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Moondance Jam
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Moondance campgrounds one big party

By Don Davis, The Forum

Thursday, July 15, 2004

WALKER, Minn. – The trio of North Dakota men looked a bit like mountain climbers claiming a new peak. Or warriors claiming new territory.

Instead, they were doing the same thing about 6,000 other campers were doing Wednesday – turning an open field into home for four days. Bob Collins, brother Mike Collins and Paul Gebeke, the first of 13 Fargo-area campers and classic rock music fans to arrive at their special spot at Moondance Jam, struggled raising a flag pole.

Bob Collins of Horace looked up and wondered: "Why is your Minnesota soil so hard?"

There was no answer and little luck. Stakes meant to hold wires supporting the pole bent, stakes already pounded into the soil pulled out and one wire ended up too short. But there was not a sour note heard.

"We've got four days to put up the flag," Bob Collins said.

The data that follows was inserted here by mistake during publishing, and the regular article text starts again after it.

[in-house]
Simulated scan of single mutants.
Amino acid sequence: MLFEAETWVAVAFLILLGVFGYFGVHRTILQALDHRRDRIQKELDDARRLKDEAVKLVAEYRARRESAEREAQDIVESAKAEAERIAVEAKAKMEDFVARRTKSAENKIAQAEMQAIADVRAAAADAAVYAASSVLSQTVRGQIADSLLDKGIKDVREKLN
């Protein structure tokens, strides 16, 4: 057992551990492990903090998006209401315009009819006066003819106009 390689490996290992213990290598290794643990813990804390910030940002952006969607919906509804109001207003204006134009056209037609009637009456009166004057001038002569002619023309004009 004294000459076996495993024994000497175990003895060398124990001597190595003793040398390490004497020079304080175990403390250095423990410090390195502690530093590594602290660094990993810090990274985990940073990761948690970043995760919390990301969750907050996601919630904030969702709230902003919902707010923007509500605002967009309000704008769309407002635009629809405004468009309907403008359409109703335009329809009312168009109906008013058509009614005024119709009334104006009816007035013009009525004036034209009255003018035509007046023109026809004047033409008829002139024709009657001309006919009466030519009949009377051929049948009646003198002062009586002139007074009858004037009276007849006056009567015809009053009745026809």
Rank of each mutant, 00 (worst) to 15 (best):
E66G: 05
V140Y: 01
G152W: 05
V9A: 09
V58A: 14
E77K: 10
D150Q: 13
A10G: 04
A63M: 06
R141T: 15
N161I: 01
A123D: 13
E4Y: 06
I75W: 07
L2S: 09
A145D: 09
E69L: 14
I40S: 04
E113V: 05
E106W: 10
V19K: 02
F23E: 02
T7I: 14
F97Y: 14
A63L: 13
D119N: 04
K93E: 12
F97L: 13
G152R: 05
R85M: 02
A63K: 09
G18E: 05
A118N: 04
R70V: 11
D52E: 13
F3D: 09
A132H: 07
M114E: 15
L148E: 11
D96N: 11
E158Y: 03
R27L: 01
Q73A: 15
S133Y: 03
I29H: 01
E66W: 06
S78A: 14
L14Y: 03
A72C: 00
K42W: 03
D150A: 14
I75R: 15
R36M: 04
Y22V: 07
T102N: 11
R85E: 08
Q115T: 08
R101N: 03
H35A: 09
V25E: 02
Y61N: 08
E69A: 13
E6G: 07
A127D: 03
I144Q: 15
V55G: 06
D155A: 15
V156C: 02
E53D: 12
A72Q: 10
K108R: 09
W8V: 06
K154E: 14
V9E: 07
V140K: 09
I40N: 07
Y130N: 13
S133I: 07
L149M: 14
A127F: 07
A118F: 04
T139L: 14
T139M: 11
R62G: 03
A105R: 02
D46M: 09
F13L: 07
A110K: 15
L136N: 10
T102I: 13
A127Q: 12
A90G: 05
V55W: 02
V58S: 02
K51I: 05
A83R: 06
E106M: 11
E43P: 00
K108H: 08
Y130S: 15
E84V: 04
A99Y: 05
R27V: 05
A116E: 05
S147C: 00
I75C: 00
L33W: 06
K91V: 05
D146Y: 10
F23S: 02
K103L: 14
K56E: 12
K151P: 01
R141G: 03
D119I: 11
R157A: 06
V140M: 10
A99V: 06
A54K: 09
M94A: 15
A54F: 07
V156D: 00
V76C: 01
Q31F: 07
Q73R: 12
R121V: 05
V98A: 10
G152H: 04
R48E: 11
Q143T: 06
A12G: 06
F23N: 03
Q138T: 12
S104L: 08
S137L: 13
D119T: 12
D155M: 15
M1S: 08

His brother, Mike of Valley City, has been looking forward to this, his first Moondance trip, for months. They signed up for camping spots before performers were even announced. "We put faith in the organizers," Mike Collins said.

Thirteen Fargo-area 34- to 37-year-old friends planned to have a good time at the 13th anniversary of the Moondance Jam classic rock music festival southeast of Walker.

"It's just a matter of fun, music and getting away a few days," said West Fargo's Gebeke.

If music flows from the stage, fun comes from the campgrounds, where 6,000 campers party nonstop.

Friends who rent several camping spots together during the four-day festival often establish a theme. A group from northwestern Minnesota picked a carnival setting.

"Everyone loves to play games," Wendy Maurstad of Argyle said. "You make friends this way."

The no-cost games include dingle ball, bean bag toss and a trivia contest. But the favorite was picking a toy duck out of a tub of water, winning the prize listed on the bottom.

Maurstad allowed people to try until they won the prize they came after – a "Jello shot," gelatin combined with alcohol. Even Maurstad and many of the 17 others in her group tried out the colorful prize now and then.

To the north a few hundred yards, Bob Collins' crew took a meal break. The reluctant flag wasn't their big concern.

Collins couldn't wait to hear ZZ Top later Wednesday – "I've been listening to them since I was old enough to know what they were."

His wife, Angie, had her sights set on Rick Springfield on Saturday night.

Today, regional bands take the stage in the afternoon in-between national groups such as the Allman Brothers Band and Lynyrd Skynyrd.